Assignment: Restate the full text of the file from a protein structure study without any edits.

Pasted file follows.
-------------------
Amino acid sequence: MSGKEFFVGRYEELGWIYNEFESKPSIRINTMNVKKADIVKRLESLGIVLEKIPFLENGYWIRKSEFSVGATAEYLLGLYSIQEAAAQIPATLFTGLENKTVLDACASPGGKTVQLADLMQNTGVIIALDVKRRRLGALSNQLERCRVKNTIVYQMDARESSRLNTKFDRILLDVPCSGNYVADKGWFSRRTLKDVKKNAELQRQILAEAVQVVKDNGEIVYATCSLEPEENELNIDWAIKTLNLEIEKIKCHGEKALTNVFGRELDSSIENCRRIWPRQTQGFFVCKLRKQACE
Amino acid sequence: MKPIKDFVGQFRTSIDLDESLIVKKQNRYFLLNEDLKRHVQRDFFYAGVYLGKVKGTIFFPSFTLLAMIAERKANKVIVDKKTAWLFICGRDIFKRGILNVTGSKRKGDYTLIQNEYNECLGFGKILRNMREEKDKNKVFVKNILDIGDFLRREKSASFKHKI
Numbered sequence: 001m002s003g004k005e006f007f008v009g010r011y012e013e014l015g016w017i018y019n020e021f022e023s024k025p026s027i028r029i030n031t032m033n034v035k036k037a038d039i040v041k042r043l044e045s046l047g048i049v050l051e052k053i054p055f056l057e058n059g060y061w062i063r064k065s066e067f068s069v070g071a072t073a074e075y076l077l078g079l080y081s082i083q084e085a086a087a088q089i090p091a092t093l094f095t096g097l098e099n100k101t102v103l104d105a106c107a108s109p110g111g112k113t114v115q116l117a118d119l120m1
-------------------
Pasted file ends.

Amino acid sequence: MSGKEFFVGRYEELGWIYNEFESKPSIRINTMNVKKADIVKRLESLGIVLEKIPFLENGYWIRKSEFSVGATAEYLLGLYSIQEAAAQIPATLFTGLENKTVLDACASPGGKTVQLADLMQNTGVIIALDVKRRRLGALSNQLERCRVKNTIVYQMDARESSRLNTKFDRILLDVPCSGNYVADKGWFSRRTLKDVKKNAELQRQILAEAVQVVKDNGEIVYATCSLEPEENELNIDWAIKTLNLEIEKIKCHGEKALTNVFGRELDSSIENCRRIWPRQTQGFFVCKLRKQACE
Amino acid sequence: MKPIKDFVGQFRTSIDLDESLIVKKQNRYFLLNEDLKRHVQRDFFYAGVYLGKVKGTIFFPSFTLLAMIAERKANKVIVDKKTAWLFICGRDIFKRGILNVTGSKRKGDYTLIQNEYNECLGFGKILRNMREEKDKNKVFVKNILDIGDFLRREKSASFKHKI
Numbered sequence: 001m002s003g004k005e006f007f008v009g010r011y012e013e014l015g016w017i018y019n020e021f022e023s024k025p026s027i028r029i030n031t032m033n034v035k036k037a038d039i040v041k042r043l044e045s046l047g048i049v050l051e052k053i054p055f056l057e058n059g060y061w062i063r064k065s066e067f068s069v070g071a072t073a074e075y076l077l078g079l080y081s082i083q084e085a086a087a088q089i090p091a092t093l094f095t096g097l098e099n100k101t102v103l104d105a106c107a108s109p110g111g112k113t114v115q116l117a118d119l120m1